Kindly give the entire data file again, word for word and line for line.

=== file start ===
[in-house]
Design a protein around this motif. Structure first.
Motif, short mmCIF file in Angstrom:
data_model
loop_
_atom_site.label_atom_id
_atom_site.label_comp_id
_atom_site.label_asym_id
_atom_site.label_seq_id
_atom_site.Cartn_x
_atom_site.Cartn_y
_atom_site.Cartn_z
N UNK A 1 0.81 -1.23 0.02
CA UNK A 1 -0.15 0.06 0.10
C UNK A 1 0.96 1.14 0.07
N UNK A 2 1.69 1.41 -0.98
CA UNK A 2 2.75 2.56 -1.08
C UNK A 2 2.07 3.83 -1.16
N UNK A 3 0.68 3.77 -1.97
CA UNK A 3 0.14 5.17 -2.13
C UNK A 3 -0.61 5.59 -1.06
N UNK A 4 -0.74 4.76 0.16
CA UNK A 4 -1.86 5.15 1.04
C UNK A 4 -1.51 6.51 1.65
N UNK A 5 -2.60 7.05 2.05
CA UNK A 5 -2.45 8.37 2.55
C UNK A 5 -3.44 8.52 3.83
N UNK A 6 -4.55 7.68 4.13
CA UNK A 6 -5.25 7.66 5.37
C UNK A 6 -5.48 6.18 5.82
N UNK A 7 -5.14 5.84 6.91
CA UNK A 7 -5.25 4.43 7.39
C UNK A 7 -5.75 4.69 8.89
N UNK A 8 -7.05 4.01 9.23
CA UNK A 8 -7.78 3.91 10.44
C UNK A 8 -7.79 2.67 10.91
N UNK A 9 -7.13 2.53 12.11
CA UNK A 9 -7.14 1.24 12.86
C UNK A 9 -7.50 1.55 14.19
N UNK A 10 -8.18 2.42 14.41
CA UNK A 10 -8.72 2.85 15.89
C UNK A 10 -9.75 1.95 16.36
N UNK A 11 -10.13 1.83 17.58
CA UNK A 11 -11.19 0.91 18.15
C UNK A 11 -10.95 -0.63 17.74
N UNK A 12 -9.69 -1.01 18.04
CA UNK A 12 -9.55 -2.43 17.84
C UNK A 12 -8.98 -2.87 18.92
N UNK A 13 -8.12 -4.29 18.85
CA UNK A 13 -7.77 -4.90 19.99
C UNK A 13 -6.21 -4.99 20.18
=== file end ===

[in-house]
Design a protein around this motif. Structure first.
Motif, short mmCIF file in Angstrom:
data_model
loop_
_atom_site.label_atom_id
_atom_site.label_comp_id
_atom_site.label_asym_id
_atom_site.label_seq_id
_atom_site.Cartn_x
_atom_site.Cartn_y
_atom_site.Cartn_z
N UNK A 1 0.81 -1.23 0.02
CA UNK A 1 -0.15 0.06 0.10
C UNK A 1 0.96 1.14 0.07
N UNK A 2 1.69 1.41 -0.98
CA UNK A 2 2.75 2.56 -1.08
C UNK A 2 2.07 3.83 -1.16
N UNK A 3 0.68 3.77 -1.97
CA UNK A 3 0.14 5.17 -2.13
C UNK A 3 -0.61 5.59 -1.06
N UNK A 4 -0.74 4.76 0.16
CA UNK A 4 -1.86 5.15 1.04
C UNK A 4 -1.51 6.51 1.65
N UNK A 5 -2.60 7.05 2.05
CA UNK A 5 -2.45 8.37 2.55
C UNK A 5 -3.44 8.52 3.83
N UNK A 6 -4.55 7.68 4.13
CA UNK A 6 -5.25 7.66 5.37
C UNK A 6 -5.48 6.18 5.82
N UNK A 7 -5.14 5.84 6.91
CA UNK A 7 -5.25 4.43 7.39
C UNK A 7 -5.75 4.69 8.89
N UNK A 8 -7.05 4.01 9.23
CA UNK A 8 -7.78 3.91 10.44
C UNK A 8 -7.79 2.67 10.91
N UNK A 9 -7.13 2.53 12.11
CA UNK A 9 -7.14 1.24 12.86
C UNK A 9 -7.50 1.55 14.19
N UNK A 10 -8.18 2.42 14.41
CA UNK A 10 -8.72 2.85 15.89
C UNK A 10 -9.75 1.95 16.36
N UNK A 11 -10.13 1.83 17.58
CA UNK A 11 -11.19 0.91 18.15
C UNK A 11 -10.95 -0.63 17.74
N UNK A 12 -9.69 -1.01 18.04
CA UNK A 12 -9.55 -2.43 17.84
C UNK A 12 -8.98 -2.87 18.92
N UNK A 13 -8.12 -4.29 18.85
CA UNK A 13 -7.77 -4.90 19.99
C UNK A 13 -6.21 -4.99 20.18